Can Corruption be Eliminated by Hanging a few Thousands through Panama Case like Judgements

[To understand the context of this post, please read At What Cost! Why Compute Economic Costs of Faulty Political Decisions]
It is worrying to see the sentiments of educated people and the functional illiterates (those who know how to read but are not readers) on the social media clamoring for the head of the PM and his family. They want an immediate decision and seem to have no patience for the “niceties” of “due-process-of-law” to be followed. They are shouting, screaming, cheering for the heads of PM and those related to him for the “crime of being rich”. The crowds are being led and encouraged by those educated whose sentiments seem to have more in common with Robespierre during French Revolution.  It is interesting to compare the emotions of people clamoring for the head of PM to the mobs/crowds during “reign of terror” in 1793 France screaming “off with the heads” of the rich. Heads of thousands of aristocrats were chopped off by the guillotine for the crime that their hands were soft (meaning that they were not working with their hands) which implied that they were rich. This mood was then captured by Balzac in his famous quotation which was used by SC Judge Khosa “Behind every fortune is a crime” in Panama Case Judgement.  Balzac was an inspiration for Marx and Engels who were the inspiration behind the communist revolution in 1917 of Soviet empire that outlawed all individual enterprises and enforced “equality” of salaries and perks for all the jobs. Interestingly, this emphasis on artificial equality became the famous satirical expression “all are equal but some are more equal than others” that became the death knell for the demise of communism and Soviet Empire.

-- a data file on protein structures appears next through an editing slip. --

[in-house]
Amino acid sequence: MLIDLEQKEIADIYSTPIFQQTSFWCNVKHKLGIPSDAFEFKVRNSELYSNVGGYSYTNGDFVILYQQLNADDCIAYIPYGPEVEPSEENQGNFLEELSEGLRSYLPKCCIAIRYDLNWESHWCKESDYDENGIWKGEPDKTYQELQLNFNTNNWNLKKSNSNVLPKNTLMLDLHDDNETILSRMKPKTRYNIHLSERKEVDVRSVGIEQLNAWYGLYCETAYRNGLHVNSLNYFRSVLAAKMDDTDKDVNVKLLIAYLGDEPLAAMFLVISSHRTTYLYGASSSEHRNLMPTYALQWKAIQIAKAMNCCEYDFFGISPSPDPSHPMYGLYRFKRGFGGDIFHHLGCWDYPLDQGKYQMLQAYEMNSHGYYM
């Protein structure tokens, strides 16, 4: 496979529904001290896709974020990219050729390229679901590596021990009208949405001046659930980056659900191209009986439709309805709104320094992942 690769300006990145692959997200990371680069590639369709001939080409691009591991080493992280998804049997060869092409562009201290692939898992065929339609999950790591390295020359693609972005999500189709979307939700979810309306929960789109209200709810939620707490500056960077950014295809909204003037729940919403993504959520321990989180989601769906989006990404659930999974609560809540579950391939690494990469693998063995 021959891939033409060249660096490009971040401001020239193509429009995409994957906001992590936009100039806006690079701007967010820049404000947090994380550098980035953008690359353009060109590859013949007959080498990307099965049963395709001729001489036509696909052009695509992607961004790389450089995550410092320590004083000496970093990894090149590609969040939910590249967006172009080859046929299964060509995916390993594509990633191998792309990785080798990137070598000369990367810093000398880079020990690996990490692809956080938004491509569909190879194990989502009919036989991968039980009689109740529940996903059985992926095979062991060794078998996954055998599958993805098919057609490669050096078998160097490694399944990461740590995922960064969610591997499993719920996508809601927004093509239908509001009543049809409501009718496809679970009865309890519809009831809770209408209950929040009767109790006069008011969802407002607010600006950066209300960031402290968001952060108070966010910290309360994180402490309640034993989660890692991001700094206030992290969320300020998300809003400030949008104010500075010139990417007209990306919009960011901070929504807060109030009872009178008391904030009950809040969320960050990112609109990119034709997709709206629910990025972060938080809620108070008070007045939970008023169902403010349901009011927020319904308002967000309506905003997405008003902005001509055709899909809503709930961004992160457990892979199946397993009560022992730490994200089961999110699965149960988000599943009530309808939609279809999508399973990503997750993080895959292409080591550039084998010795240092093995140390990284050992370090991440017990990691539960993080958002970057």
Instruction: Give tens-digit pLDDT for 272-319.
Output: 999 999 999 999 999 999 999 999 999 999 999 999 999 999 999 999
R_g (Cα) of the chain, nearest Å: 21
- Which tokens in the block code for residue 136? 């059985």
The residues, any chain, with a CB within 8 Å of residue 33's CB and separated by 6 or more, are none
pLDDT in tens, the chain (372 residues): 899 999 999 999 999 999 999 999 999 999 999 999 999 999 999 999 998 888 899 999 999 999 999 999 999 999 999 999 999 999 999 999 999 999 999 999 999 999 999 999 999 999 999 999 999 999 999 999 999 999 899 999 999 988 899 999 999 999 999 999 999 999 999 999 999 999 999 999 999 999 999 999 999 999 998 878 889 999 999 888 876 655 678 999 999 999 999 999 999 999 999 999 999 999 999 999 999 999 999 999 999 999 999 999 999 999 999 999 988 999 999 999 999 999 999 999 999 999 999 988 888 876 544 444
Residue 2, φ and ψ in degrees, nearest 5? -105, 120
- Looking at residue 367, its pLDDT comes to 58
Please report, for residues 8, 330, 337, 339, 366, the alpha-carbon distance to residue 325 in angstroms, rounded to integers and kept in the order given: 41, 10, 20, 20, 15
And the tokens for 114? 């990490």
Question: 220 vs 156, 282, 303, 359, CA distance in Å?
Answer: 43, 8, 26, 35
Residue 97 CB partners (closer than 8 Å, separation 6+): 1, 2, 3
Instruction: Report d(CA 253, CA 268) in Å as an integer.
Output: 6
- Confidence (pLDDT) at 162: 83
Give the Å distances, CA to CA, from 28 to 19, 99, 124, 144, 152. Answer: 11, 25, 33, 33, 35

As I see the popular frenzy of the youth and educated on the media asking urgently for the head of the PM and ignoring and dispensing the requirements of due process of law, I am reminded of the Reign of Terror in France in 1793. I also connect it to the reference of French author in the SC Judgement of April 20 which starts with Judge Khosa’s judgement that is spread over 200 pages and quotes Honore De Balzac “Behind every great fortune there is a crime” and then goes to condemn the rich using Shakespeare’s Merchant of Venice quote: “To do a great right, do a little wrong”. Balzac was born in 1799 just a few years after the “Reign of Terror” and must have carried the emotions and sentiments of the crowds screaming “off with the heads” under the leadership of Robespierre with scant regard to due process of law.

This Balzac’s statement “Behind every great fortune there is a crime” is categorical and is condemning all the wealthy people, a-priori, without trial and is thus a highly problematic concept to be relied upon in a court of law, and that too by Supreme Court which is going to make it quotable for decades to come. Fortunately, this view was rejected by the majority of the supreme court judges on the bench 3-2. The majority held that a person can not be convicted by an appellate court (SC) without due process of law in a trial court followed by his right to appeal.

It is interesting to note that Balzac emphasized class conflicts and inspired the revolutionaries and Marxists who hated the rich and gave birth to socialism and communism ideologies which emerged from Marx and Engels:

Marxist Friedrich Engels wrote: “I have learned more [from Balzac] than from all the professional historians, economists and statisticians put together”.[128] [Wikipedia]